No team has ever won the William Web Ellis trophy back-to-back in successive World Cups, and for Richie McCaw of New Zealand, what better way to end the greatest rugby career than by being the captain of the first side to ever achieve this feat.
It seems almost ironic that the Wallabies, a side the All Blacks play more than any other, would stand in their way to making history, but this RWC final will be no continuation of the status quo, this will be a showdown with more riding on the result than ever before.
It is the last game in the All Blacks uniform for many legends of New Zealand Rugby.
These legends don’t only include the captain, Daniel Carter, Ma’a Nonu, and Conrad Smith are all going to experience their finale in this RWC final, and all of these men deserve nothing more than finish as two-time World Champions.
The Wallabies have everything to gain by winning this match and should feel no fear. It has been said, witnessed, and speculated on in every columnist’s preview of Wallabies matches against the All Blacks; this is a side that should win more games against their Tasman rivals than the records suggest. The pairing of David Pocock and Michael Hooper will be central to the Wallabies game plan, the tactic must be to slow down All Black ball and keep the running game contained.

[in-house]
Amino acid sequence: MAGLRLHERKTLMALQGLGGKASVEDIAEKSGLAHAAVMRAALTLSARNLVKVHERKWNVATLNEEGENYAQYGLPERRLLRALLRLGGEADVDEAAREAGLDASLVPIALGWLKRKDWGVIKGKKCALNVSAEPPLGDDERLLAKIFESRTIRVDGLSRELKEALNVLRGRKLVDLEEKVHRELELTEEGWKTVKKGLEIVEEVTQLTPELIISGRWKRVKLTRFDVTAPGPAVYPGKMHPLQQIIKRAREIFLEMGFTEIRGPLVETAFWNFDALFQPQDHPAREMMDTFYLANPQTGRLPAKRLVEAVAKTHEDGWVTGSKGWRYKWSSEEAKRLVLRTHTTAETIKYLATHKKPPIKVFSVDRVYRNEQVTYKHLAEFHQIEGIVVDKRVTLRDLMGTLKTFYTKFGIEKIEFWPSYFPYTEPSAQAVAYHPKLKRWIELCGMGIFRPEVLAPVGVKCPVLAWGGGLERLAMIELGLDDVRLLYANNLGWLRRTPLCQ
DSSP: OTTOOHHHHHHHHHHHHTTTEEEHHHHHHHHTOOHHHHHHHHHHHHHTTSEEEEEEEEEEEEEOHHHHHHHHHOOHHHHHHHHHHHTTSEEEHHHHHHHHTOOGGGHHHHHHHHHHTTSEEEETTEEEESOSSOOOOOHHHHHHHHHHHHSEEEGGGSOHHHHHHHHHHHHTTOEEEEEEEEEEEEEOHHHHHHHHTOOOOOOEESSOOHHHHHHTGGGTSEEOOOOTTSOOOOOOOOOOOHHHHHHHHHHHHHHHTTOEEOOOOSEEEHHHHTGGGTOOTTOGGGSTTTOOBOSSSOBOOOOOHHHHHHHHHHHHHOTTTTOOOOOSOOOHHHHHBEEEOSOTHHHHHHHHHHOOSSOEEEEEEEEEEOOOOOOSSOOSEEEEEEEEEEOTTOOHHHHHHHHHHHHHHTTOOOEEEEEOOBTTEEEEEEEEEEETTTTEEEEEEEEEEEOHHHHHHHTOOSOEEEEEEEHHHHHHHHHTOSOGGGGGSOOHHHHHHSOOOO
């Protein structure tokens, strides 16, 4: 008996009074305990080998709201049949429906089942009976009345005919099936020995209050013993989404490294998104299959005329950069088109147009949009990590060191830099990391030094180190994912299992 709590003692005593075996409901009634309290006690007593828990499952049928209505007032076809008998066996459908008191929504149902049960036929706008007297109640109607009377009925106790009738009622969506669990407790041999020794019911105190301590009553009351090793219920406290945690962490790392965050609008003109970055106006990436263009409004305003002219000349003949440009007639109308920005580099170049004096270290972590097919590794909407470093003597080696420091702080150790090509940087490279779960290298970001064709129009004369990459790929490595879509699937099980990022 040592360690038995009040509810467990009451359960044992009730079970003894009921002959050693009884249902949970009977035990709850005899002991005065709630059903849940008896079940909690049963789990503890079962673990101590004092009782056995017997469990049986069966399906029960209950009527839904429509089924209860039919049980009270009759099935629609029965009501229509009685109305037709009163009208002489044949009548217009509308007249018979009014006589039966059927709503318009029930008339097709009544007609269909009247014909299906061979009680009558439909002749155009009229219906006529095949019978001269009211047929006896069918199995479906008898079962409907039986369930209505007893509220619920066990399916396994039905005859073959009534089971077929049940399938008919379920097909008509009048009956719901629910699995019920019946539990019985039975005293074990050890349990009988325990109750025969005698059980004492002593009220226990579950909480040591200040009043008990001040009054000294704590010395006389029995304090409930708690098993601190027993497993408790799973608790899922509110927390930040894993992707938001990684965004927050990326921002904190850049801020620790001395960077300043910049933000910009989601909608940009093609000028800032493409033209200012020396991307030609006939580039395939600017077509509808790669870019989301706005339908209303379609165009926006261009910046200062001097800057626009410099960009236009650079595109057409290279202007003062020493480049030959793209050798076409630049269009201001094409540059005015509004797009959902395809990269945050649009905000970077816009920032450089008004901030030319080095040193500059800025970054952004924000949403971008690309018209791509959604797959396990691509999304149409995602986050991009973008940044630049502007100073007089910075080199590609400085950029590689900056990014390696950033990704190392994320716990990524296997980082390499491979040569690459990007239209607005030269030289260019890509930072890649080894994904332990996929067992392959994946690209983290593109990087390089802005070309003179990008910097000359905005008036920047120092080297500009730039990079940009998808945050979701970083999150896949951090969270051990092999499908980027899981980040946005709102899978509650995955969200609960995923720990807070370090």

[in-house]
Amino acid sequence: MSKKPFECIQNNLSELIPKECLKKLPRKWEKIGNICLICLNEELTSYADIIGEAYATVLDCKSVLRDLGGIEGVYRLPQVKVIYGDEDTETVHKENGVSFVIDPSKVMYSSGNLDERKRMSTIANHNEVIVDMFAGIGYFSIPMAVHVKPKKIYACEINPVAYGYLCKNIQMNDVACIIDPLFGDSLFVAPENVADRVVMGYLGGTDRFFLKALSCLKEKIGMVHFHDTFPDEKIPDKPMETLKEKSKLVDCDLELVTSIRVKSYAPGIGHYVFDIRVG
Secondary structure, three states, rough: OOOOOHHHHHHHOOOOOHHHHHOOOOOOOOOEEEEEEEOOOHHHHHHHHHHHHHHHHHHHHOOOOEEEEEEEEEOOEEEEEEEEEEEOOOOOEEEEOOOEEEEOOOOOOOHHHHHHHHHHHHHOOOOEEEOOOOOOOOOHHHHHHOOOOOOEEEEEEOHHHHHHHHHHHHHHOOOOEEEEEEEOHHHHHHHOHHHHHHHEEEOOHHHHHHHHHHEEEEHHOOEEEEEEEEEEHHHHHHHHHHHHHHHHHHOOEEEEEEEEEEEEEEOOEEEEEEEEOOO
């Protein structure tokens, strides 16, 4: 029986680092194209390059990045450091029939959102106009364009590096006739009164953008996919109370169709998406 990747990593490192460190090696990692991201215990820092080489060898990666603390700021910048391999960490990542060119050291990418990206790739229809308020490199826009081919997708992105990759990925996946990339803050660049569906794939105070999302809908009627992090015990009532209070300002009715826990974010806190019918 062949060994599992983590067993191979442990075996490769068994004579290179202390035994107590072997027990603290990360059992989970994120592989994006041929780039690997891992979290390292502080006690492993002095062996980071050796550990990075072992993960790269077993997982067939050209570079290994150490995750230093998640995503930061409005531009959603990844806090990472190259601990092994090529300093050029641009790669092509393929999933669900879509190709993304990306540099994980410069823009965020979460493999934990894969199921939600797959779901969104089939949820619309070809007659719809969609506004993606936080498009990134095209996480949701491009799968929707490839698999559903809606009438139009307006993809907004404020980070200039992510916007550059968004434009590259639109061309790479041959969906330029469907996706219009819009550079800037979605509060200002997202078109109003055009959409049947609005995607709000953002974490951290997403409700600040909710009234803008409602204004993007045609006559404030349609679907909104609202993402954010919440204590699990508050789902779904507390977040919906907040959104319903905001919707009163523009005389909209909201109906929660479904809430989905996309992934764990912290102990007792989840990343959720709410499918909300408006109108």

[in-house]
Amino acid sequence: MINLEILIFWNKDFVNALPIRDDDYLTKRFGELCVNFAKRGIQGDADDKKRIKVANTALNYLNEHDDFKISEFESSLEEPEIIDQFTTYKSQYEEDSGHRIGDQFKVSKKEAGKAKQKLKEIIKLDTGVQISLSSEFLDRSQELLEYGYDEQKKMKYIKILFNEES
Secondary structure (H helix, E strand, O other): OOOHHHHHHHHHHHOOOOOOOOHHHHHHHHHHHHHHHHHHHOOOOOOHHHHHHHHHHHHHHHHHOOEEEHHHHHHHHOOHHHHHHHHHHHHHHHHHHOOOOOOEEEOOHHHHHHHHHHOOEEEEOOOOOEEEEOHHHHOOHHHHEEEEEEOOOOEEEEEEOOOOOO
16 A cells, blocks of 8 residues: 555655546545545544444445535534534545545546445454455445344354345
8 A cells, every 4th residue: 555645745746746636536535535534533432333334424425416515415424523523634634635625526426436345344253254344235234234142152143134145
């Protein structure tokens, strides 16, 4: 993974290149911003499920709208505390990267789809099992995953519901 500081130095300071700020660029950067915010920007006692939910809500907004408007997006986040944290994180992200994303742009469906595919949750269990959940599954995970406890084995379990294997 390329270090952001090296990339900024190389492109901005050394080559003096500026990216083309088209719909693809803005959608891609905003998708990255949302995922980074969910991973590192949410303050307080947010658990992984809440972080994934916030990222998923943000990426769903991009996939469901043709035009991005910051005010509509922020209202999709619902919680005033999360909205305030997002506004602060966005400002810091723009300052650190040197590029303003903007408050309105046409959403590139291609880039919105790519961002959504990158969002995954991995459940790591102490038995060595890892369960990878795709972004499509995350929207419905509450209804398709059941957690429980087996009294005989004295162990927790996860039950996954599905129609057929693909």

Defensively, the Wallabies must continue the almost unbreakable trend of their goal line defense to give them any chance of keeping close to the All Blacks on the scoreboard. There will be penalties, but if the Wallabies can keep their opponents to a minimum three points on red zone attack, it will go a long way to the outcome of the match.
The age difference of players in each side will make no difference, the likes of McCaw and Carter are simply too world class, and any poor performance in the final will have nothing to do with their age.
Putting the World Cup aside, honours are even in 2015 between the two sides after two games where the results were vastly different. Both the All Blacks and the Wallabies have improved in leaps and bounds since the last time they met at Eden Park, a mere few months ago, but the biggest improvement of all has to be the defense of the Wallabies.
In terms of an occasion for rugby players, it doesn’t get much bigger than what lies ahead for these 30 young men. They must enjoy the occasion, put everything on the line, but realise that no matter the result, they can all be proud of a great tournament.
As the old saying goes, may the best team win.